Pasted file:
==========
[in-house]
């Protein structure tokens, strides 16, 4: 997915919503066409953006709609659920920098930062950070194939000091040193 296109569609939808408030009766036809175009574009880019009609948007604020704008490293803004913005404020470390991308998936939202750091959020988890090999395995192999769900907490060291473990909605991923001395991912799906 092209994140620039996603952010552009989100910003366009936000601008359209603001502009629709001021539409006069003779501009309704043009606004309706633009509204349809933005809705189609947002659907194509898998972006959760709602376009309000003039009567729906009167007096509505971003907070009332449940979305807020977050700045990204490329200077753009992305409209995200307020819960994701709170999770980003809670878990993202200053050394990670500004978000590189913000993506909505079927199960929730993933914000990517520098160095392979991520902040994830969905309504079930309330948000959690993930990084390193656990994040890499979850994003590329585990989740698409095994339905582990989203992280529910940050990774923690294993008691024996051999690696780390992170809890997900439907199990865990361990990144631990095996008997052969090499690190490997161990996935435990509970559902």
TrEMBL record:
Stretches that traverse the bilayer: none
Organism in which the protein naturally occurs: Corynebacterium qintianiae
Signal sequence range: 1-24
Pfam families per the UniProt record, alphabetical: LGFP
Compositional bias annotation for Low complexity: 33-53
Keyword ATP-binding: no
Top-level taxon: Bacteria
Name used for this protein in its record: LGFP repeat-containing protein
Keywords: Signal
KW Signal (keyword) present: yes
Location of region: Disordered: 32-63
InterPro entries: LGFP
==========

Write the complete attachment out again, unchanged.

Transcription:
[in-house]
């Protein structure tokens, strides 16, 4: 997915919503066409953006709609659920920098930062950070194939000091040193 296109569609939808408030009766036809175009574009880019009609948007604020704008490293803004913005404020470390991308998936939202750091959020988890090999395995192999769900907490060291473990909605991923001395991912799906 092209994140620039996603952010552009989100910003366009936000601008359209603001502009629709001021539409006069003779501009309704043009606004309706633009509204349809933005809705189609947002659907194509898998972006959760709602376009309000003039009567729906009167007096509505971003907070009332449940979305807020977050700045990204490329200077753009992305409209995200307020819960994701709170999770980003809670878990993202200053050394990670500004978000590189913000993506909505079927199960929730993933914000990517520098160095392979991520902040994830969905309504079930309330948000959690993930990084390193656990994040890499979850994003590329585990989740698409095994339905582990989203992280529910940050990774923690294993008691024996051999690696780390992170809890997900439907199990865990361990990144631990095996008997052969090499690190490997161990996935435990509970559902």
TrEMBL record:
Stretches that traverse the bilayer: none
Organism in which the protein naturally occurs: Corynebacterium qintianiae
Signal sequence range: 1-24
Pfam families per the UniProt record, alphabetical: LGFP
Compositional bias annotation for Low complexity: 33-53
Keyword ATP-binding: no
Top-level taxon: Bacteria
Name used for this protein in its record: LGFP repeat-containing protein
Keywords: Signal
KW Signal (keyword) present: yes
Location of region: Disordered: 32-63
InterPro entries: LGFP